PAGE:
Chamber Diameter: 0.67 in./17.02 mm.
Outside Diameter: 1.24 in./31.50 mm.
P-Lip: Yes

Shape 935 Straight Dublin.
Years of Production: 1938- c. 1945
Average Measurements:
Length: 6.25 in. / 158.75 mm.
Weight: 1.40 oz. / 40 gr.
Bowl Height: 1.75 in. / 44.45 mm.
Chamber Depth: 1.375 in. / 34.925 mm.
Chamber Diameter: 0.75 in. /19.05 mm.
Outside Diameter: 1.325 in./ 33.65 mm.
P-Lip: Yes

Shape Millennium Dublin (1988).
Year of production: 1988
[One of the set of two pipes released in celebration of the 988-1988 Dublin Millennium]
Average Measurements:
Length: 6.26 in./159.00 mm.
Weight: 1.80 oz./51.03 g.
Bowl Height: 2.04 in./51.82 mm.
Chamber Depth: 1.67 in./42.42 mm.
Chamber Diameter: 0.82 in./20.83 mm.
Outside Diameter: 1.55 in./39.37 mm.
Stem Material: Vulcanite
P-Lip: Yes

Shape A4 / 1903 Antique Reproduction
Years of Production: 1995 – c. 1998
Average Measurements:
Length: 140 mm / 5.46 in
Weight: 47 gr / 1.64 oz
Bowl Height: 49 mm / 1.92 in
Outside Diameter: 34 mm / 1.32 in
Chamber Diameter: 20 mm / 0.78 in
Chamber Depth: 42 mm / 1.64 in
P-Lip: Yes

Shape B16, Great Explorers Crean
Years of Production: 2002 – c. 2006
Average Measurements:
Length: 5.63 in./143.00 mm.
Weight: 2.00 oz./56.70 g.
Bowl Height: 2.06 in./52.32 mm.
Chamber Depth: 1.70 in./43.18 mm.
Chamber Diameter: 0.84 in./21.34 mm.
Outside Diameter: 1.58 in./40.13 mm.
P-Lip: No (aside from a few sets through Lubinski.it in Italy)

Shape B47, Writers Collection Oscar Wilde
Years of Production: 2010 – c. 2014
Average Measurements:
Length: 5.82 in./147.83 mm.
Weight: 1.60 oz./45.36 g.
Bowl Height: 2.15 in./54.61 mm.
Chamber Depth: 1.75 in./44.45 mm.
Chamber Diameter: 0.79 in./20.07 mm.
Outside Diameter: 1.65 in./41.91 mm.
P-Lip: No

Shape B57, Iceberg 1912 Port
Years of Production: 2012 – c. 2016
Average Measurements:
Length: 5.71 in / 145 mm
Weight: 1.92 oz / 54.4 gr
Bowl height: 2.17 in / 55 mm
Chamber Depth: 1.73 in / 44 mm
Chamber Diameter:  0.79 in / 20 mm
Outside Diameter: 1.61 in / 41 mm
P-Lip: No


*Shapes change over time, especially when you’re talking about over 154 years of time. Sometimes it’s barely noticeable, and sometimes it can be glaring. Sometimes a bowl has been outsourced to a new vendor who either doesn’t know or doesn’t care or for whatever reason is unable to replicate the original shape. You can see this problem in contemporary B42 / Darwins to startling effect, to 307s, and312s and a few others. Sometimes it’s the loss of a detail, like the intricate beading around the original Baker Street SH. Most people won’t even notice, and even more could probably care less, but for Pete Geeks it’s a cause of concern because we want the best to remain the best, right?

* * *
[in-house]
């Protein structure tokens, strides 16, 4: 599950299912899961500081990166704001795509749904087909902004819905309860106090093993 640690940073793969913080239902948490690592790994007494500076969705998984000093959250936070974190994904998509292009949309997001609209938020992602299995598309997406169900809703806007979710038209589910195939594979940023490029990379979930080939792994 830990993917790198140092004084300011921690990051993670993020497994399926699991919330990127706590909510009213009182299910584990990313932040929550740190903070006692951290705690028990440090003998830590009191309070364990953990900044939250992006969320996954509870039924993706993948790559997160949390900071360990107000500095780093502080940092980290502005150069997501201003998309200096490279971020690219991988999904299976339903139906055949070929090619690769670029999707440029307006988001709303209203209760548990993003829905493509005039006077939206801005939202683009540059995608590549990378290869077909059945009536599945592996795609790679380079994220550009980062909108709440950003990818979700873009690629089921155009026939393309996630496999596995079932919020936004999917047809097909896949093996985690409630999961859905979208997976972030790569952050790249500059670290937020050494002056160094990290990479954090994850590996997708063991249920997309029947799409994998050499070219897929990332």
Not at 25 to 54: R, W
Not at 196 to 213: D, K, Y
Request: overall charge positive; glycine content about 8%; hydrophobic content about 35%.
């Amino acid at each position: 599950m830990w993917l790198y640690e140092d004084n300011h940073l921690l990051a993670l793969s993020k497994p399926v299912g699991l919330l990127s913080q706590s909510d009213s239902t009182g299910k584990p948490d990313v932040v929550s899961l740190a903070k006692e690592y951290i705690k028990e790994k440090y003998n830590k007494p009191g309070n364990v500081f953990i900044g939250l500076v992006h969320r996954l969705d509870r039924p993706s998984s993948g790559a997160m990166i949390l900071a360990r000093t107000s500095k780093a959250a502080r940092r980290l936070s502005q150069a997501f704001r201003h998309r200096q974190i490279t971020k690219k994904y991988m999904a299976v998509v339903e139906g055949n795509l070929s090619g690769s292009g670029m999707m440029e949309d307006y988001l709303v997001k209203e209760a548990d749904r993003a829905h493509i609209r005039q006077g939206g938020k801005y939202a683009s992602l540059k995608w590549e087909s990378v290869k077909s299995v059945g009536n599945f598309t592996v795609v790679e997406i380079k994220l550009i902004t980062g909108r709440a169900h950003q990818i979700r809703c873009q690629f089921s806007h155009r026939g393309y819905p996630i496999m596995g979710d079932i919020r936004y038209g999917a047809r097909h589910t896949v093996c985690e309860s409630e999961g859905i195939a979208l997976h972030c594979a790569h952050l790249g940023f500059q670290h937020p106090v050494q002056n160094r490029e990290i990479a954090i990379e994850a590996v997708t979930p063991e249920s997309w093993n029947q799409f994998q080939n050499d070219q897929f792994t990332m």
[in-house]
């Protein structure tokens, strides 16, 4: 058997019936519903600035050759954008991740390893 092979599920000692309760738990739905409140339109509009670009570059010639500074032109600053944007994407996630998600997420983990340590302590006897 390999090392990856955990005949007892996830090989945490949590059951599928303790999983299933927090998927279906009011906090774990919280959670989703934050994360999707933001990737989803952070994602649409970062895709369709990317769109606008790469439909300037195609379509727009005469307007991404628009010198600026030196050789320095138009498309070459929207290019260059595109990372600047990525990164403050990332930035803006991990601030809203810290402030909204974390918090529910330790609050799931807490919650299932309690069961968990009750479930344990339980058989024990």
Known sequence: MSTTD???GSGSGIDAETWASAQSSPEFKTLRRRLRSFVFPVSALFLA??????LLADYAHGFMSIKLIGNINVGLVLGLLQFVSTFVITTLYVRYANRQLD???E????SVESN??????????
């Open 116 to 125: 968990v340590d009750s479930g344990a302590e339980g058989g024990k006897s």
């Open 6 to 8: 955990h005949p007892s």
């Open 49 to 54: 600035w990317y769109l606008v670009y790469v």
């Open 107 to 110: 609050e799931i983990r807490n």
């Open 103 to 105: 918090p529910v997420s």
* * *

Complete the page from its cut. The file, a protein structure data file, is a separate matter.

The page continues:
**From “PipeSMOKE’s Guide to Pipe Shapes and Styles,” Vol. II, Issue 2, Fall 1998. This was on-line a few years back, but doesn’t seem to be available any longer. Cole’s article was taken from a chapbook he wrote, Briar Pipe Shapes and Styles: Pipe Line Guide No. 1 (Park Hill Publications, 1990), 38ppgs. Gene Umberger kindly forwarded me the entry for “Dublin,” which appears on p. 8:

“The DUBLIN is most probably the oldest Briar shape, owing its origins to the traditional shape of the simple Clay Pipes. Some of the earlier Dublins were found also with the ‘heel” under the bowl. Modern conditions are not encouraging for the maker to turn this type and the Dublin has had its ‘ups and downs’ in popularity. Between the last Wars, it virtually disappeared from some catalogues. In Western Germany, after 1945, pipes were small to contend with the shortage of tobacco, but when larger shapes began to be once more required, the DUBLIN was one of the first to be asked for. You will find a number of derivations centered on the stem, and the most popular of these is perhaps the ZULU, sometimes called YACHTSMAN. Usually produced with an oval stem, it is also made with a round shank. A fairly long ‘all-square’ can be rather pleasing.”

***Joe’s opinion was confirmed by Doris Barrett in shipping and Tony Whelan, Jr., retired factory director. Email to Mark Irwin, 24 October 2018.

Banner photo: Irish Whiskey Sandblast 120, Dublin Era, c. 2000
Sports 8 photo courtesy Gary Malmberg, Secondhandsmokes
B30 and D13 photos courtesy Smokingpipes.com


Continue Reading172. A Catalog of Peterson’s Dublin Shapes, 1896–2020